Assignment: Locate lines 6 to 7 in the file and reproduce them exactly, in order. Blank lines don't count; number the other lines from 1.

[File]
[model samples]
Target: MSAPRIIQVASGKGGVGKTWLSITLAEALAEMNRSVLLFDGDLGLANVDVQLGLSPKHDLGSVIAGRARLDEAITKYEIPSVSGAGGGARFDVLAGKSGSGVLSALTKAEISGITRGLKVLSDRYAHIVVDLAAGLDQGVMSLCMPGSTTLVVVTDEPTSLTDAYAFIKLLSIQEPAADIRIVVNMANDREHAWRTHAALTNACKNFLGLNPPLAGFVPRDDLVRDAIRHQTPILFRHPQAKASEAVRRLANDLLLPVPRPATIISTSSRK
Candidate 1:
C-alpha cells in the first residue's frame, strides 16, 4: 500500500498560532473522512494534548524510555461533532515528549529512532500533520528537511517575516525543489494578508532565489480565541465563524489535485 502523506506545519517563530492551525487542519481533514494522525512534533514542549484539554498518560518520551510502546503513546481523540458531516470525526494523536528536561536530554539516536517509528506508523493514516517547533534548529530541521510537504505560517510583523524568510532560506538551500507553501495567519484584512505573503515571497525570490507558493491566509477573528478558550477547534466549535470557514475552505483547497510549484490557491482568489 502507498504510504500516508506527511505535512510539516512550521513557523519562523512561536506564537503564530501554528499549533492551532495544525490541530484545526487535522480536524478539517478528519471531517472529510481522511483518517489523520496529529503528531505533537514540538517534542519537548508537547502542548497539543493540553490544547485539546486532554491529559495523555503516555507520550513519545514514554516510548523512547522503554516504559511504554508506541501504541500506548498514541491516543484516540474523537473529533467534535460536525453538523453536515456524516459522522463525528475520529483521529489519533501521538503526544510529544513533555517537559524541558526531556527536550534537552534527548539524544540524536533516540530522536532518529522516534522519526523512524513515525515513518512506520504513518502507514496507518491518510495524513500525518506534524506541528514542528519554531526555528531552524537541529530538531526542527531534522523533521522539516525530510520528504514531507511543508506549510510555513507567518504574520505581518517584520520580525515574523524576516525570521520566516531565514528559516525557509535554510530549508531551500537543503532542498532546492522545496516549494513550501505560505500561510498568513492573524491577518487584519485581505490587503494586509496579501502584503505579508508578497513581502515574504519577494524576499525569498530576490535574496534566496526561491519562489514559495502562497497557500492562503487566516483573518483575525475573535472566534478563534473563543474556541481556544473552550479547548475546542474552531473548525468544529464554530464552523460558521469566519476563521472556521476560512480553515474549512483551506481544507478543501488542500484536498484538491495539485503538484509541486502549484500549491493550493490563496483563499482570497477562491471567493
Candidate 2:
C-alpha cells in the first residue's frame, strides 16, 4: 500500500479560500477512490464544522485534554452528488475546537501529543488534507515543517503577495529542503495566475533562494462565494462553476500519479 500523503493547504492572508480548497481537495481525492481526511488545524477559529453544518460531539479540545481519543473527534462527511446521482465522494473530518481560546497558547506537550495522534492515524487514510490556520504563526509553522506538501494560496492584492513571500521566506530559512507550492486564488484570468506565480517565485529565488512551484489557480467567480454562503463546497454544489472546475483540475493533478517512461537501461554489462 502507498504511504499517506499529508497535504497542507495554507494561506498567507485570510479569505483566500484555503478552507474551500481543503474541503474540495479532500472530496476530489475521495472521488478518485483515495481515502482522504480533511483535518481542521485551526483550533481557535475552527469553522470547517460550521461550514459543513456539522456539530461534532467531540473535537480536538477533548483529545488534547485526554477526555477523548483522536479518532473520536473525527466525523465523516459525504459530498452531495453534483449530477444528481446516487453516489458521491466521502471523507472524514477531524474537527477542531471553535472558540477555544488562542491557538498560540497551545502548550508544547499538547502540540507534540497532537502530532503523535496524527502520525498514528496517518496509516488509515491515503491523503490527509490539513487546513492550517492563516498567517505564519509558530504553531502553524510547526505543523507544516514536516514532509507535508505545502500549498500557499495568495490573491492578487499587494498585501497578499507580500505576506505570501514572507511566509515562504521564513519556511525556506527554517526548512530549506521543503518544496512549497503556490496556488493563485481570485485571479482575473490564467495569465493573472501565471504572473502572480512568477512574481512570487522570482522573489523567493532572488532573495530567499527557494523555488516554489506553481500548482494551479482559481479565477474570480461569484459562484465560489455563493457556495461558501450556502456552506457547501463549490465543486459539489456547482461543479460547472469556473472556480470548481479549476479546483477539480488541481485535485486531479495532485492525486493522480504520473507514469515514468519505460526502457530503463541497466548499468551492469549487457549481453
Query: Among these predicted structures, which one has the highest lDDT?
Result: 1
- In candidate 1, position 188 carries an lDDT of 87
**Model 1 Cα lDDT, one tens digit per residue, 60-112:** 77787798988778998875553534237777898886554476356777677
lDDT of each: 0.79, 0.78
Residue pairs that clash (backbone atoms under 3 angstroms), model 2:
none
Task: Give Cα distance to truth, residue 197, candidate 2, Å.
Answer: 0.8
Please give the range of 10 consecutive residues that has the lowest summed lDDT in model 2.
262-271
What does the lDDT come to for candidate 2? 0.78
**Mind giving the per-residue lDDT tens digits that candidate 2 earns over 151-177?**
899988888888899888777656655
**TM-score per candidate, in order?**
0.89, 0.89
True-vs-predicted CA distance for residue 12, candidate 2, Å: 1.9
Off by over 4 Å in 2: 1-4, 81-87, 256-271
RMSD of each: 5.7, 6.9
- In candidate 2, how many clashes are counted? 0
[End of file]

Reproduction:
C-alpha cells in the first residue's frame, strides 16, 4: 500500500479560500477512490464544522485534554452528488475546537501529543488534507515543517503577495529542503495566475533562494462565494462553476500519479 500523503493547504492572508480548497481537495481525492481526511488545524477559529453544518460531539479540545481519543473527534462527511446521482465522494473530518481560546497558547506537550495522534492515524487514510490556520504563526509553522506538501494560496492584492513571500521566506530559512507550492486564488484570468506565480517565485529565488512551484489557480467567480454562503463546497454544489472546475483540475493533478517512461537501461554489462 502507498504511504499517506499529508497535504497542507495554507494561506498567507485570510479569505483566500484555503478552507474551500481543503474541503474540495479532500472530496476530489475521495472521488478518485483515495481515502482522504480533511483535518481542521485551526483550533481557535475552527469553522470547517460550521461550514459543513456539522456539530461534532467531540473535537480536538477533548483529545488534547485526554477526555477523548483522536479518532473520536473525527466525523465523516459525504459530498452531495453534483449530477444528481446516487453516489458521491466521502471523507472524514477531524474537527477542531471553535472558540477555544488562542491557538498560540497551545502548550508544547499538547502540540507534540497532537502530532503523535496524527502520525498514528496517518496509516488509515491515503491523503490527509490539513487546513492550517492563516498567517505564519509558530504553531502553524510547526505543523507544516514536516514532509507535508505545502500549498500557499495568495490573491492578487499587494498585501497578499507580500505576506505570501514572507511566509515562504521564513519556511525556506527554517526548512530549506521543503518544496512549497503556490496556488493563485481570485485571479482575473490564467495569465493573472501565471504572473502572480512568477512574481512570487522570482522573489523567493532572488532573495530567499527557494523555488516554489506553481500548482494551479482559481479565477474570480461569484459562484465560489455563493457556495461558501450556502456552506457547501463549490465543486459539489456547482461543479460547472469556473472556480470548481479549476479546483477539480488541481485535485486531479495532485492525486493522480504520473507514469515514468519505460526502457530503463541497466548499468551492469549487457549481453
Query: Among these predicted structures, which one has the highest lDDT?